Beth Lapides is a hallmark on the female comedy scene. She has graced our screens and stages as she continues to entertain audience across the world. Creative Screenwriting Magazine got up close and personal with Beth to chronicle her entertainment career. In doing so, she discusses finding who you are as a writer and how to best tap into that.
“I see myself as unboxed, almost wholly unboxed,” Beth Lapides says when asked which type of writer she would categorize herself as. It’s a fitting description for those who are familiar with her work. Self-dubbed a “creatix” Lapides is the founder/host/producer of L.A.’s UnCabaret, “the original alt-comedy show,” in which big-name comedy performers – Margaret Cho, Patton Oswalt, Judd Apatow have all made appearances — are encouraged to try out material that might never make it on the screen. Lapides told NPR back in 2013 that she tells her performers, “Do the material that, if you don’t do it, your head is going to explode.” Which is basically the philosophy to which she abides by when she’s creating her own work. “I don’t feel like myself if I’m not writing,” Lapides says, which explains why her resume is so long, and also varied.
Lapides has acted on TV shows “Sex and the City” and “Will and Grace.” She’s toured her one-woman show internationally to critical acclaim, she’s written for publications like the The L.A. Times, and she hosts and produces the UnCabaret podcast. Currently she’s writing a screenplay and two books. “There’s so much left to do that I haven’t done yet,” she says.
And when she’s not creating, she’s teaching other writers how to write their most compelling and authentic stories so they can sound more like themselves through their own writing.
Creative Screenwriting thought Lapides was the perfect person to chat about the different approaches one can tackle to break into the industry. We chat about why being “unboxed” might work for some while others might be better suited for one medium over the other, why there aren’t any rules, and if there is one, why passion is the most important rule of all.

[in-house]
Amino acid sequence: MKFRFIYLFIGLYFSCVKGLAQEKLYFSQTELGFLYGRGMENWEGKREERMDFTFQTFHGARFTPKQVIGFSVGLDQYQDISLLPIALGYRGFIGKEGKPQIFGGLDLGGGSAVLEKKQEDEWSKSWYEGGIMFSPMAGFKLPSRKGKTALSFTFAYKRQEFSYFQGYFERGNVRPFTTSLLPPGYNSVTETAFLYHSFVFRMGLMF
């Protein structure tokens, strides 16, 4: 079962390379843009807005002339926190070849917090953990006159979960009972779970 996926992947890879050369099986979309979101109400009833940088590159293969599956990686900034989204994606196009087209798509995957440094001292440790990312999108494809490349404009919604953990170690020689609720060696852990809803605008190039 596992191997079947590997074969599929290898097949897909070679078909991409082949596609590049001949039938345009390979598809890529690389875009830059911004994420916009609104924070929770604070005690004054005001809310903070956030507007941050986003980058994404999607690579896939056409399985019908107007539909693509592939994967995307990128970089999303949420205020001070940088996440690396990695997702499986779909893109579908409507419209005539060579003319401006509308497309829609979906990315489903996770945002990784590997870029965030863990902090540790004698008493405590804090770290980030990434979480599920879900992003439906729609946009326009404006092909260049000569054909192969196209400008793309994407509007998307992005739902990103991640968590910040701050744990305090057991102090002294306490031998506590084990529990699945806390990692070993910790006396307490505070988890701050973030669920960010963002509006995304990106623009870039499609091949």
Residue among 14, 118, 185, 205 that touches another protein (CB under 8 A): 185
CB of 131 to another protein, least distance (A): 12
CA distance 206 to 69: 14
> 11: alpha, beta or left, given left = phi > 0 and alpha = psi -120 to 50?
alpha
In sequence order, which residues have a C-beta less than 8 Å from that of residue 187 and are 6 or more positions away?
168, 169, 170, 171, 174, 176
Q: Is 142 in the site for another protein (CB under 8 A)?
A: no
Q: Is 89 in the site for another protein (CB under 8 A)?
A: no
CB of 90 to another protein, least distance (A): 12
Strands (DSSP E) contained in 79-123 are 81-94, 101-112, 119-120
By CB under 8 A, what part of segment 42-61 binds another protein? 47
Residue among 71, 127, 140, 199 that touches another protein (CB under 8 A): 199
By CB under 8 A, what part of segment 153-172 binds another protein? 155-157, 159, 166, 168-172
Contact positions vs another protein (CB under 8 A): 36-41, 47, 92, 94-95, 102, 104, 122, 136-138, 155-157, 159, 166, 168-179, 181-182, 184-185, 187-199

In today’s climate where there are so many different media, is it important to try keep trying your hand at them all or should you stick to what you know?
If you’re a writer, you have to write. But you also have to know who you are. Are you a screenwriter? Or a TV writer? Or are you just a writer? While other writers see themselves as only one thing. When it comes to writing projects, you might think, I’m a standup comedian, or I’m a memoirist, I’m a TV writer, I’m a screenwriter, and I want to find things for those medium. You can also look at the sort of stories you want to tell and see which medium they fit into best. Some stories are more appropriate for different media. For example, we have so many limited series now. There are specific kinds of storytelling that good for specific types of characters. So as the media changes, you fit the stories to match the medium.